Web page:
Editorials: Taxpaying satellites set next 2 Saturdays
Feb 12, 2014 | 724 views | 0 0 comments | 34 34 recommendations | email to a friend | print
Even a cozy downtown that offers a hometown feel like Cleveland’s can’t always lighten the pain of visiting the Bradley County Courthouse to pay property taxes.

On a list of favored activities, it rarely makes the Top 10 of most local taxpayers.

Maybe that’s one of the reasons the Bradley County Trustee’s Office is reaching out to home and property owners to — at the very least — make the process a little less inconvenient.

Two methods employed by Bradley County Trustee Mike Smith are no longer a secret. Truth is, they are rapidly becoming household names in most families.

One is the partial payment plan which allows local homeowners to avoid the one-time, lump-sum payment each year by breaking it down into equal monthly installments or maybe even payments every other month, quarterly or even twice a year. The coming tax year’s sign-up deadline came last Friday. At the end of business — the office doors actually stayed open late to accommodate the rush of last-day registrants — the Trustee’s Office staff had signed up the people-friendly program’s 745th parcel.

That’s amazing. And not because of the sheer numbers.

It’s amazing because this is a government program designed for the people and one that is being welcomed in by the people.

Smith and his staff launched partial pay in March 2011. In less than three years, the flow of taxpayer traffic into the office to sign up has easily outdistanced the original five-year goal.

But the popular partial payment plan is only one of the forward-thinking practices implemented by the Trustee’s Office.

Another is about to take its annual spotlight.

We speak of the Trustee’s Office satellite sites that will open over the next two Saturdays to allow Bradley County taxpayers to make their payments.

While the partial payment plan offers convenience financially — especially for those on limited or fixed incomes — the satellite sites provide the convenience of paying early and paying closer to home. For those who routinely pay their property taxes near the Feb. 28 deadline, they can avoid the last-minute trip to the Courthouse.

On Saturday, Feb. 15, from 9 a.m. to noon, the Trustee’s Office will open taxpaying satellites at Oak Grove Elementary School, Hopewell Elementary School, Waterville Elementary School and in Bradley Square Mall near the central fountain.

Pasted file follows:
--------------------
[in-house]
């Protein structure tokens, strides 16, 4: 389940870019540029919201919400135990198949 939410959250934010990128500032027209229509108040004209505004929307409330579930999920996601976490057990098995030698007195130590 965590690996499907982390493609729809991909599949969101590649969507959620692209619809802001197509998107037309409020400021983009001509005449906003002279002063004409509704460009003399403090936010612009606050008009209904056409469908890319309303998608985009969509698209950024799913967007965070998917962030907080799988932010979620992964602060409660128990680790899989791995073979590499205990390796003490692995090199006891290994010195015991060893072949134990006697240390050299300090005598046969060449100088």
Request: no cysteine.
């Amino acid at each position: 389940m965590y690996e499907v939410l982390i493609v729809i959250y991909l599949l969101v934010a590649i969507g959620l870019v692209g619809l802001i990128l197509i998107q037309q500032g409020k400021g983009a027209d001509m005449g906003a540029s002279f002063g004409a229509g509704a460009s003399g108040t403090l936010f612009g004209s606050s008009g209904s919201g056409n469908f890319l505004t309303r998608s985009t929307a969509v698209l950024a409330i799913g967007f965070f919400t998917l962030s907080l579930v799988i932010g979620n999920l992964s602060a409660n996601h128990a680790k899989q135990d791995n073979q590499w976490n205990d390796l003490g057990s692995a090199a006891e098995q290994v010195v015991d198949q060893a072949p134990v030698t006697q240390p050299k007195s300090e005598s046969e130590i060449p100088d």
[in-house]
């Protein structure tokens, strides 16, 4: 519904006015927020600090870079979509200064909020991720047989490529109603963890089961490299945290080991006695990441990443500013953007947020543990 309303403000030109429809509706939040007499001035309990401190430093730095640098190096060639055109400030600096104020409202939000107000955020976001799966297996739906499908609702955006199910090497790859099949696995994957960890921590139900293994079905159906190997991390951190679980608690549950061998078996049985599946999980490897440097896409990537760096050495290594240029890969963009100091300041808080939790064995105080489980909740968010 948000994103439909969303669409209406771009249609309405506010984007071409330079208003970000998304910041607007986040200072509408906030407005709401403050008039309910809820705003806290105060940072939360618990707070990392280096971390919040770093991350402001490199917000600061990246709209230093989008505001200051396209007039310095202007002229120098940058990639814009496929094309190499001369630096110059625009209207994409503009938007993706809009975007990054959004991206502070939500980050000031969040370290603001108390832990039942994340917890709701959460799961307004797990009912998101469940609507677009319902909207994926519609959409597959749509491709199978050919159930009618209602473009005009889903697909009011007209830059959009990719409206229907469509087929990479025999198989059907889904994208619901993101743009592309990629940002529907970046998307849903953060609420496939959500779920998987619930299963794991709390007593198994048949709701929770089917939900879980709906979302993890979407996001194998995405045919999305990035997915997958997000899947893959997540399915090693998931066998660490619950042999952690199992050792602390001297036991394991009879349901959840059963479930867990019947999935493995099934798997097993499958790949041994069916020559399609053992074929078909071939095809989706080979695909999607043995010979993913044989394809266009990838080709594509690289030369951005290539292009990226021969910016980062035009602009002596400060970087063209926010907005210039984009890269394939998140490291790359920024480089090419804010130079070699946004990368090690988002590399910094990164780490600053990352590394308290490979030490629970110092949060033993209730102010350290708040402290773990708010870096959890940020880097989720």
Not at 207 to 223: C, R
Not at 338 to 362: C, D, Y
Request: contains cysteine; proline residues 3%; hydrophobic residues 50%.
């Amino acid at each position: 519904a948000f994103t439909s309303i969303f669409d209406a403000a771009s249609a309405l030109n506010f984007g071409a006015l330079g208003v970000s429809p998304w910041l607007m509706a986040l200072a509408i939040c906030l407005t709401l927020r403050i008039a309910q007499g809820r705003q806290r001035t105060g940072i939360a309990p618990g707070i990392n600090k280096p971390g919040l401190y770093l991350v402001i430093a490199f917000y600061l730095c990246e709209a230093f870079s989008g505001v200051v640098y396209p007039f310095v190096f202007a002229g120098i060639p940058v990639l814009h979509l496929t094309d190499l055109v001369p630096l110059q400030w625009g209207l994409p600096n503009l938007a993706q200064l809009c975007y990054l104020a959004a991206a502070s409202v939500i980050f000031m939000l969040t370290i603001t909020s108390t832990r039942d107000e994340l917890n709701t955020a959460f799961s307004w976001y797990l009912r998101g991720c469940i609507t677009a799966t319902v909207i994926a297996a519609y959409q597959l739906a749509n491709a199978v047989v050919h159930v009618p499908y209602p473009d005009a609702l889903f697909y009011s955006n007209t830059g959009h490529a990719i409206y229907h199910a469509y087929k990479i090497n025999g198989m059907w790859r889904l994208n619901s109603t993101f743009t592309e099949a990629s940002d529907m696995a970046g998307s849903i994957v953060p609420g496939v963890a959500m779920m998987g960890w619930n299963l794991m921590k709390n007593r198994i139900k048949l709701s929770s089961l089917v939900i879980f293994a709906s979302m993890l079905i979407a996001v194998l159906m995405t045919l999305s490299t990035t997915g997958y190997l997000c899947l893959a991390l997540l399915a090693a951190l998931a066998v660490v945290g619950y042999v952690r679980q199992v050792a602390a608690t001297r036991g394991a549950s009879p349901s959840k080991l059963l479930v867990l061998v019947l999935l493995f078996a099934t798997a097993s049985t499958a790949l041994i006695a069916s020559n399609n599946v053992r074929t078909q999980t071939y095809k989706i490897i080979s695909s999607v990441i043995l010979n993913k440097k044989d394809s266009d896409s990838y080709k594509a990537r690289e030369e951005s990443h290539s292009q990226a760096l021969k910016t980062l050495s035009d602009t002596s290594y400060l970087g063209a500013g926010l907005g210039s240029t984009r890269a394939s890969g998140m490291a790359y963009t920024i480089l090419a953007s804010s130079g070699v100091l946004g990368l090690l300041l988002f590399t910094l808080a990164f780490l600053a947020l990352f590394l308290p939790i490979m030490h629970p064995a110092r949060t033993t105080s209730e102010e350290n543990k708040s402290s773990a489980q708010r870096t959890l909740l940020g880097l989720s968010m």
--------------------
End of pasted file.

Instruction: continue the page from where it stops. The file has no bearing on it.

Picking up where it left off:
On Saturday, Feb. 22, also from 9 a.m. to noon, the Trustee’s Office will open a Bradley Square Mall satellite again, but this one will be set up at the Kmart entrance. On the same day, the Trustee’s Office will be open in the Courthouse to accept tax payments, also from 9 a.m. to noon.

One reminder. No cash payments can be accepted at the satellite sites, but they can be taken at the Courthouse office.

Those planning to pay their property taxes at a satellite should bring with them their tax statement and check.

For additional information about the coming satellite locations, or any facet of the property tax payment process, call the Trustee’s Office at 728-7247. Or, for those who prefer face-to-face conversation, drop by the Courthouse office. Appointments are not required. The Bradley County Trustee’s Office is located in Suite 104 of the Courthouse at 155 North Ocoee St.

The Bradley County trustee is proud of both innovative programs — the partial payment plan and the Saturday satellites. He should be. Both give local government a good name.

He is just as proud of the hard work, and the customer service, of his staff. Smith credits the efforts of his deputy trustee, David Swallows, who manages the office’s partial payment programs. We say “programs” because the Trustee’s Office also provides partial pay plans for delinquent taxes; at least, for as long as these taxes remain in the oversight of the Trustee’s Office.

“Our partial pay programs are being excellently managed by David Swallows, and our staff, who operate them with the kind of professionalism and ownership that you would expect of someone who genuinely cares about quality of service,” Smith told our newspaper.

The trustee is correct on all points.

Quality programs are the first step in government effectiveness.

Delivering quality of service in the administration of those programs is the second. But in many ways, it is the most important.